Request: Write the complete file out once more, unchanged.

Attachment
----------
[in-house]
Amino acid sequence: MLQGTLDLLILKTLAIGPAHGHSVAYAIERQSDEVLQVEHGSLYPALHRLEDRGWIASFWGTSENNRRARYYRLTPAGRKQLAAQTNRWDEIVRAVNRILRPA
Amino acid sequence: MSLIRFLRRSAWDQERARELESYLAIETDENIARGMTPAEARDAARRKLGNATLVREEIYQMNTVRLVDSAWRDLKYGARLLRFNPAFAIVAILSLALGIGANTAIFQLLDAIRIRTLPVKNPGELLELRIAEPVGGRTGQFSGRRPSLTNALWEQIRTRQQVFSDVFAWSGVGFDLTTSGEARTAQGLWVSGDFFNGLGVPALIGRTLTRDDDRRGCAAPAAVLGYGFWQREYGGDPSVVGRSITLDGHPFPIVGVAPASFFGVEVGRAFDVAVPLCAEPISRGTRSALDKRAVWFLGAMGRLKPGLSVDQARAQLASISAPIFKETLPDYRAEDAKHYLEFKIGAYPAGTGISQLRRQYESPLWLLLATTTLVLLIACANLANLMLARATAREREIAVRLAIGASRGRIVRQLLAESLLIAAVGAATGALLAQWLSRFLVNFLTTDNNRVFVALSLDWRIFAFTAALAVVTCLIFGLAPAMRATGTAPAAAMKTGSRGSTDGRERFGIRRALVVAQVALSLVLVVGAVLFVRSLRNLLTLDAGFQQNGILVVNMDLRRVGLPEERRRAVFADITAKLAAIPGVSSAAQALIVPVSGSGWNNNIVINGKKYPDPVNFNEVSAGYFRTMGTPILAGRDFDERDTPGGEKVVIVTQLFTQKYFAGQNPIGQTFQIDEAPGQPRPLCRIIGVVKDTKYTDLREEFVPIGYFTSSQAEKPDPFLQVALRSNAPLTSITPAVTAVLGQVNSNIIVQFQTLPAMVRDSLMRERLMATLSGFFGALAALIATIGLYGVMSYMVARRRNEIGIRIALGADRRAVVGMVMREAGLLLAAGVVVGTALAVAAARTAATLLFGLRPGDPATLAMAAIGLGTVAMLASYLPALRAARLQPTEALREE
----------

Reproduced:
[in-house]
Amino acid sequence: MLQGTLDLLILKTLAIGPAHGHSVAYAIERQSDEVLQVEHGSLYPALHRLEDRGWIASFWGTSENNRRARYYRLTPAGRKQLAAQTNRWDEIVRAVNRILRPA
Amino acid sequence: MSLIRFLRRSAWDQERARELESYLAIETDENIARGMTPAEARDAARRKLGNATLVREEIYQMNTVRLVDSAWRDLKYGARLLRFNPAFAIVAILSLALGIGANTAIFQLLDAIRIRTLPVKNPGELLELRIAEPVGGRTGQFSGRRPSLTNALWEQIRTRQQVFSDVFAWSGVGFDLTTSGEARTAQGLWVSGDFFNGLGVPALIGRTLTRDDDRRGCAAPAAVLGYGFWQREYGGDPSVVGRSITLDGHPFPIVGVAPASFFGVEVGRAFDVAVPLCAEPISRGTRSALDKRAVWFLGAMGRLKPGLSVDQARAQLASISAPIFKETLPDYRAEDAKHYLEFKIGAYPAGTGISQLRRQYESPLWLLLATTTLVLLIACANLANLMLARATAREREIAVRLAIGASRGRIVRQLLAESLLIAAVGAATGALLAQWLSRFLVNFLTTDNNRVFVALSLDWRIFAFTAALAVVTCLIFGLAPAMRATGTAPAAAMKTGSRGSTDGRERFGIRRALVVAQVALSLVLVVGAVLFVRSLRNLLTLDAGFQQNGILVVNMDLRRVGLPEERRRAVFADITAKLAAIPGVSSAAQALIVPVSGSGWNNNIVINGKKYPDPVNFNEVSAGYFRTMGTPILAGRDFDERDTPGGEKVVIVTQLFTQKYFAGQNPIGQTFQIDEAPGQPRPLCRIIGVVKDTKYTDLREEFVPIGYFTSSQAEKPDPFLQVALRSNAPLTSITPAVTAVLGQVNSNIIVQFQTLPAMVRDSLMRERLMATLSGFFGALAALIATIGLYGVMSYMVARRRNEIGIRIALGADRRAVVGMVMREAGLLLAAGVVVGTALAVAAARTAATLLFGLRPGDPATLAMAAIGLGTVAMLASYLPALRAARLQPTEALREE